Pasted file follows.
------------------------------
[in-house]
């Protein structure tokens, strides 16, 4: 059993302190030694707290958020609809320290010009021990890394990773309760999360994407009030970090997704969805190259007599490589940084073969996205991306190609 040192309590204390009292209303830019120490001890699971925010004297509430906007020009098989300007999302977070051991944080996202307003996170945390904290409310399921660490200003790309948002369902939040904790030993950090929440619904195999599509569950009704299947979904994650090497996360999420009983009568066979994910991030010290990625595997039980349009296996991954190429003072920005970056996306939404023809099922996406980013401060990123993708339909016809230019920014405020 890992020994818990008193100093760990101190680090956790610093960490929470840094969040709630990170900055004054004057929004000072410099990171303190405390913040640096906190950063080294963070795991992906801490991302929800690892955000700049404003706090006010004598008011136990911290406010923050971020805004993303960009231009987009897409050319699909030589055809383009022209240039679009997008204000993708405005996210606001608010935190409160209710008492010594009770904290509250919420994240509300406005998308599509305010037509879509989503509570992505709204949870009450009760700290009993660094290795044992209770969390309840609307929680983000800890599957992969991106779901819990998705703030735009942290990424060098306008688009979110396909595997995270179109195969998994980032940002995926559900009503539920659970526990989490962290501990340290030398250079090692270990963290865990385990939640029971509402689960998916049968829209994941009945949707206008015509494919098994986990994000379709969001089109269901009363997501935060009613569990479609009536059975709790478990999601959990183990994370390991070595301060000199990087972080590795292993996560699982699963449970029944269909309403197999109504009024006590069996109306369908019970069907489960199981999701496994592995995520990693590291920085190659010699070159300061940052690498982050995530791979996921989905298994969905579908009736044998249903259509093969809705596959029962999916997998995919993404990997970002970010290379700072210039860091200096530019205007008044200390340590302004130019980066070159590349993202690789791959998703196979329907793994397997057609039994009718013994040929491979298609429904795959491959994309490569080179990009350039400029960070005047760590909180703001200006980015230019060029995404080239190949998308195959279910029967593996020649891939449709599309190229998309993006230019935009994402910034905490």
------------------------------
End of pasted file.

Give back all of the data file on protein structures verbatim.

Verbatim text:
[in-house]
């Protein structure tokens, strides 16, 4: 059993302190030694707290958020609809320290010009021990890394990773309760999360994407009030970090997704969805190259007599490589940084073969996205991306190609 040192309590204390009292209303830019120490001890699971925010004297509430906007020009098989300007999302977070051991944080996202307003996170945390904290409310399921660490200003790309948002369902939040904790030993950090929440619904195999599509569950009704299947979904994650090497996360999420009983009568066979994910991030010290990625595997039980349009296996991954190429003072920005970056996306939404023809099922996406980013401060990123993708339909016809230019920014405020 890992020994818990008193100093760990101190680090956790610093960490929470840094969040709630990170900055004054004057929004000072410099990171303190405390913040640096906190950063080294963070795991992906801490991302929800690892955000700049404003706090006010004598008011136990911290406010923050971020805004993303960009231009987009897409050319699909030589055809383009022209240039679009997008204000993708405005996210606001608010935190409160209710008492010594009770904290509250919420994240509300406005998308599509305010037509879509989503509570992505709204949870009450009760700290009993660094290795044992209770969390309840609307929680983000800890599957992969991106779901819990998705703030735009942290990424060098306008688009979110396909595997995270179109195969998994980032940002995926559900009503539920659970526990989490962290501990340290030398250079090692270990963290865990385990939640029971509402689960998916049968829209994941009945949707206008015509494919098994986990994000379709969001089109269901009363997501935060009613569990479609009536059975709790478990999601959990183990994370390991070595301060000199990087972080590795292993996560699982699963449970029944269909309403197999109504009024006590069996109306369908019970069907489960199981999701496994592995995520990693590291920085190659010699070159300061940052690498982050995530791979996921989905298994969905579908009736044998249903259509093969809705596959029962999916997998995919993404990997970002970010290379700072210039860091200096530019205007008044200390340590302004130019980066070159590349993202690789791959998703196979329907793994397997057609039994009718013994040929491979298609429904795959491959994309490569080179990009350039400029960070005047760590909180703001200006980015230019060029995404080239190949998308195959279910029967593996020649891939449709599309190229998309993006230019935009994402910034905490």